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The Sun

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There's perpetual hydrogen bomb exploding at the center of our solar system, with megaton explosions erupting every second. It's our closest star: the sun. The sun has burned bright for at least four and a half billion years, and is the source of practically all of the earth’s energy. All life depends on it. While it may look like a giant ball of fire, the sun is actually an erratic sphere of superheated hydrogen and helium gas, powered by thermonuclear reactions. In a process called fusion, atomic nuclei in the sun’s core continually collide and fuse, releasing enormous amounts of energy. Though its core temperature reaches 27 million degrees Fahrenheit, and it’s big enough to accommodate more than one million earths, as stars go, the sun is only average. There are many that are much larger, and smaller, even in our own Milky Way galaxy. While the sun may be ordinary compared to other stars, to earth it’s one of a kind. Life could never survive without it. The sun’s gravity keeps the earth in a stable orbit, preventing it from hurtling into outer space. It creates earth’s life-sustaining weather and climate. Its light powers the photosynthesis that plants need to grow , which in turn produce the food and oxygen that animals need to eat and breathe. The sun is about 93 million miles from earth. To give you an idea of that incredible distance, it takes eight minutes for the light of the sun to reach our eyes. But even at that distance, the sun has dramatic effects on earth. Take the seasons, for example. A mere 23 and a half degree tilt in the earth’s axis toward or away from the sun means the difference between steamy summers and freezing winters. So even the slightest change in the sun could be devastating to earth. Earth’s magnetic field can usually shield us from most of the sun’s particles, but they can still have a rather spectacular effect here on earth. When strong solar winds strike our magnetic field, particles are deflected down toward the poles. They crash into the atmosphere, and create magnificent light shows called “auroras”. Powerful as they are, the sun’s nuclear reactions will not burn forever. Approximately five billion years from now, the sun will burn up its fuel source, and swell to what’s called a “red giant”. At this point, the sun may engulf the earth. But that’s a long time away, and the sun continues as a source of energy to power life on our planet. We just couldn’t live without it.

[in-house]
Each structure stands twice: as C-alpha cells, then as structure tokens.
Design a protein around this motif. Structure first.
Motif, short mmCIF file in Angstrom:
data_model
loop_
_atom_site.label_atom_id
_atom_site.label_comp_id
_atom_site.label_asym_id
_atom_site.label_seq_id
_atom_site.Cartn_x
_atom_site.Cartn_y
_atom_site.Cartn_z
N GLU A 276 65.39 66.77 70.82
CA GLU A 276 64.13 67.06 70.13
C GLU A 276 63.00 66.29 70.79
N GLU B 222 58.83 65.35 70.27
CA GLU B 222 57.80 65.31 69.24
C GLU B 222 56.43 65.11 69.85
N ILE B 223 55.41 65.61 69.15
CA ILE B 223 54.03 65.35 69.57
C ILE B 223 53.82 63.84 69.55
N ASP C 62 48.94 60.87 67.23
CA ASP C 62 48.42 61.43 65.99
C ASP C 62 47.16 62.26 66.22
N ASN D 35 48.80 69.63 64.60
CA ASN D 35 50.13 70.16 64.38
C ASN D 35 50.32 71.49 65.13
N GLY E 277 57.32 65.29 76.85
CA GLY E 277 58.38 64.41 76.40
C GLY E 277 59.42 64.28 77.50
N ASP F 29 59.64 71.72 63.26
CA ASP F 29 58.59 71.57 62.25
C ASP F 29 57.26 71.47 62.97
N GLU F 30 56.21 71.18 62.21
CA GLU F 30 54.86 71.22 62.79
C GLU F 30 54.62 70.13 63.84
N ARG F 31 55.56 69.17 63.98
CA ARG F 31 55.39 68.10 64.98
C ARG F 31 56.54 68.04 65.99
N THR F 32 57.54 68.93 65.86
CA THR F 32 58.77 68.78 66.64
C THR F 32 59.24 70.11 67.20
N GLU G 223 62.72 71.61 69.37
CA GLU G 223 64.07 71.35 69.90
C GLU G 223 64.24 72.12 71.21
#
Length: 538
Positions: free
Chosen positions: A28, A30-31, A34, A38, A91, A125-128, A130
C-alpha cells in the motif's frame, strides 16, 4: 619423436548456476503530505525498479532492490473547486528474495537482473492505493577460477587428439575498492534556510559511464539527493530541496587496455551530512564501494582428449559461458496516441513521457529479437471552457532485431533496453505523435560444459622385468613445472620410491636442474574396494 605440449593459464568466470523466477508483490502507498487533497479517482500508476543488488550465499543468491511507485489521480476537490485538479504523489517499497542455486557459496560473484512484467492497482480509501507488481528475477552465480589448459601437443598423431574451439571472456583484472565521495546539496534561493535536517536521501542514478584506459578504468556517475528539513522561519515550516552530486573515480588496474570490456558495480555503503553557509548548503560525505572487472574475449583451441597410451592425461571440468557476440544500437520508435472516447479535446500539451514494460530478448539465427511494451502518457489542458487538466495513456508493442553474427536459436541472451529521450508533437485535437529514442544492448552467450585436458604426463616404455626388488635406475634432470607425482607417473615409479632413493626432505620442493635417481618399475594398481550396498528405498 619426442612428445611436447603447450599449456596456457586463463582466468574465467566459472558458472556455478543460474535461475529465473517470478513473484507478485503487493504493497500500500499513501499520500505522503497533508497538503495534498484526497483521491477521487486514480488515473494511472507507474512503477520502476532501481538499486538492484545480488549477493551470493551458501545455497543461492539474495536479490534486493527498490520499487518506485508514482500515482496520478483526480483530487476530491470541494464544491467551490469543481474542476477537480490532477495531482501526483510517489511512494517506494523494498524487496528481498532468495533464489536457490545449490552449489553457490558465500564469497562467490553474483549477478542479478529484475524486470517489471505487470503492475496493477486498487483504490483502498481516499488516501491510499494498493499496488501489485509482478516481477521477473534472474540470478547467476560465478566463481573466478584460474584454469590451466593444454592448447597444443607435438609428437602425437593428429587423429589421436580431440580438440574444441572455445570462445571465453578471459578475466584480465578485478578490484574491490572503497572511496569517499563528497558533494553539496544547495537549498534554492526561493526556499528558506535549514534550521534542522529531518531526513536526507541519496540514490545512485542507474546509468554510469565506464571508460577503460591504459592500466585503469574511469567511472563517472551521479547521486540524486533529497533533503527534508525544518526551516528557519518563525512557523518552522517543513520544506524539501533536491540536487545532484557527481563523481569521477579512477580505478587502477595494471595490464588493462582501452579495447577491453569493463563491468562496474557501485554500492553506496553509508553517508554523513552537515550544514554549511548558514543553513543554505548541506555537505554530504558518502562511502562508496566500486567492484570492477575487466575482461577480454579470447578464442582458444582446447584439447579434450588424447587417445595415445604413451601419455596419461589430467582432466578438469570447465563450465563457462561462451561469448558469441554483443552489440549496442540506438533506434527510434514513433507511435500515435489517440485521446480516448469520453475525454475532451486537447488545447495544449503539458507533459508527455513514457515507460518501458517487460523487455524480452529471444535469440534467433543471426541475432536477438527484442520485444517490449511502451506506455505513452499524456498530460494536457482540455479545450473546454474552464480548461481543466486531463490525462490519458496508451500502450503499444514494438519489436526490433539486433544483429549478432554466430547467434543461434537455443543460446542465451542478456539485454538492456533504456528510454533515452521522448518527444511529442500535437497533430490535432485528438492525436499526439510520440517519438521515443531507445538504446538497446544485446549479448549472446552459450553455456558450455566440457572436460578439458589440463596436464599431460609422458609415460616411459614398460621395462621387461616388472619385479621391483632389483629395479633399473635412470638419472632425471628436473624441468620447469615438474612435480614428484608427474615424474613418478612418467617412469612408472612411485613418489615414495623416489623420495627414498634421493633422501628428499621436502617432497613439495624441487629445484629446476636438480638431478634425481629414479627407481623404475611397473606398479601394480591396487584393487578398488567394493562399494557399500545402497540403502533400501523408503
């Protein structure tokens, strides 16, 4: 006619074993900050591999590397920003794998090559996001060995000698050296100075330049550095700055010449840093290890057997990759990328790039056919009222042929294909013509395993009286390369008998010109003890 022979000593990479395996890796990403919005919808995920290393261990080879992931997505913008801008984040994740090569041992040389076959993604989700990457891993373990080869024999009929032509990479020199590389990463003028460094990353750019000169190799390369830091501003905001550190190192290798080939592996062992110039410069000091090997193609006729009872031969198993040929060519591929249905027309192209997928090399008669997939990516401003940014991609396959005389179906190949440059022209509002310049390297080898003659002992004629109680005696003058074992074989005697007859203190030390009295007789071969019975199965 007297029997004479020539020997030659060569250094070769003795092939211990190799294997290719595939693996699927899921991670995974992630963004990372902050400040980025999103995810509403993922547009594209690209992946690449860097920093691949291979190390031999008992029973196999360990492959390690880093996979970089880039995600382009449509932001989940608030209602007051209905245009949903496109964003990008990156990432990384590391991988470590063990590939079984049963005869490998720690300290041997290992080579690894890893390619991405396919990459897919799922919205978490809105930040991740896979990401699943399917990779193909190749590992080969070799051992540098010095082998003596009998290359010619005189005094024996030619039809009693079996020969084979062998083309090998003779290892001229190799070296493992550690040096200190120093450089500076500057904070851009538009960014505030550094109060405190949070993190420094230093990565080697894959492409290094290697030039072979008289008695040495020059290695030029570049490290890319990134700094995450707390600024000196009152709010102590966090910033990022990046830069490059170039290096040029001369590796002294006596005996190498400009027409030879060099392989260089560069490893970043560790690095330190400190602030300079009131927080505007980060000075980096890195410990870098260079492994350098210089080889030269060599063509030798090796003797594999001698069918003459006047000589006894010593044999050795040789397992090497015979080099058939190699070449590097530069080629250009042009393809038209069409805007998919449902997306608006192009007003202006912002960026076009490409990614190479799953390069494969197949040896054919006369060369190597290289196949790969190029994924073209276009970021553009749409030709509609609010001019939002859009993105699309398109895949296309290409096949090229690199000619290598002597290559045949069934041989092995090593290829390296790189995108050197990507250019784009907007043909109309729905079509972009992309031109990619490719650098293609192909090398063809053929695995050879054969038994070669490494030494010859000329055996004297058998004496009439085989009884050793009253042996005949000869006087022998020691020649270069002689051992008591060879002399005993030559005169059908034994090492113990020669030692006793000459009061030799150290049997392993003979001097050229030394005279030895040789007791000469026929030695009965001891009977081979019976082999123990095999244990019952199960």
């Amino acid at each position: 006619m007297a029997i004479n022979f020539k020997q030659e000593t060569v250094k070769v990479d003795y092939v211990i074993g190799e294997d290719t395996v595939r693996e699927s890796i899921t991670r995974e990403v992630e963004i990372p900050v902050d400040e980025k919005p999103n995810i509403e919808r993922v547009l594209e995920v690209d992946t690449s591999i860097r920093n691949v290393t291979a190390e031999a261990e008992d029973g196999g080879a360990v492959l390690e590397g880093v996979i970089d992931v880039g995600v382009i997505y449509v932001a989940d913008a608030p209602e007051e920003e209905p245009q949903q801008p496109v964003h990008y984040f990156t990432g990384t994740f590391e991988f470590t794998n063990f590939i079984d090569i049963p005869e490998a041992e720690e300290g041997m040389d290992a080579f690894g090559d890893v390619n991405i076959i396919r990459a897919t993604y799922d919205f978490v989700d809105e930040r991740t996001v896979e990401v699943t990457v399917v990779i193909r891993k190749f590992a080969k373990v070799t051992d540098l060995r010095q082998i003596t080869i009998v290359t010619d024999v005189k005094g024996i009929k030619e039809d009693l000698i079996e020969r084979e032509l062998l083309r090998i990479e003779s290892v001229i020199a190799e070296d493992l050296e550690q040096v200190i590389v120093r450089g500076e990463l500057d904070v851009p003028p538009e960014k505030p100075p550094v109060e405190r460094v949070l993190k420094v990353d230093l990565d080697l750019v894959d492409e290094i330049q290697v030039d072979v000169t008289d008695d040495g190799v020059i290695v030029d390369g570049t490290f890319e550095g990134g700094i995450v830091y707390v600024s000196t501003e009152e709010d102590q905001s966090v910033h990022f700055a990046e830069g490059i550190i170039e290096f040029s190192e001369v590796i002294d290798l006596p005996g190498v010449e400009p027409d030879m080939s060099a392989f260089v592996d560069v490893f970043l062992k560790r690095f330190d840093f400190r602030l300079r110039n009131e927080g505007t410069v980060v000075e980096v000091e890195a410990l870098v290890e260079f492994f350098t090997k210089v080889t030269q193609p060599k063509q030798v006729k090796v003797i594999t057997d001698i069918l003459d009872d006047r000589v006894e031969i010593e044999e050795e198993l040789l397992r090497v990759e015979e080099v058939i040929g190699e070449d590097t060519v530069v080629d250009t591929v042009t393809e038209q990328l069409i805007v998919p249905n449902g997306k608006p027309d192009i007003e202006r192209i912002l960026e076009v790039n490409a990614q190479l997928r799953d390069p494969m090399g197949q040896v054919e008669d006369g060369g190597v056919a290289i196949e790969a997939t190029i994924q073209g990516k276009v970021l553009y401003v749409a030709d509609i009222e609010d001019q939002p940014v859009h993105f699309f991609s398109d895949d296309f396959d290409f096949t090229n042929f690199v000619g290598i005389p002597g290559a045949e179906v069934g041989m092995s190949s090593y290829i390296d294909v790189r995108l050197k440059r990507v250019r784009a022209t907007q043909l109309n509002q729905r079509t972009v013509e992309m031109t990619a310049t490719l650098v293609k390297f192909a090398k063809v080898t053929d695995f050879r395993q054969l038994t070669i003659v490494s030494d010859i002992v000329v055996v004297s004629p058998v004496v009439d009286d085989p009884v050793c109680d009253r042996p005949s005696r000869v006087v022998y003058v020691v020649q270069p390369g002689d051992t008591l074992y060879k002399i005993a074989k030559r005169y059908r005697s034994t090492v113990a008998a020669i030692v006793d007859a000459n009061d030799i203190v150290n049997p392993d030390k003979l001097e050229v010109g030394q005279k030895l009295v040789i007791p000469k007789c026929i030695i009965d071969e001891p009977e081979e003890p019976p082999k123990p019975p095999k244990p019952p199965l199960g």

Video Details

Duration: 2 minutes and 54 seconds
Country: United States
Language: English
Producer: National Geographic
Director: National Geographic
Views: 144
Posted by: greenbo on Apr 24, 2010

A science lesson all about the sun

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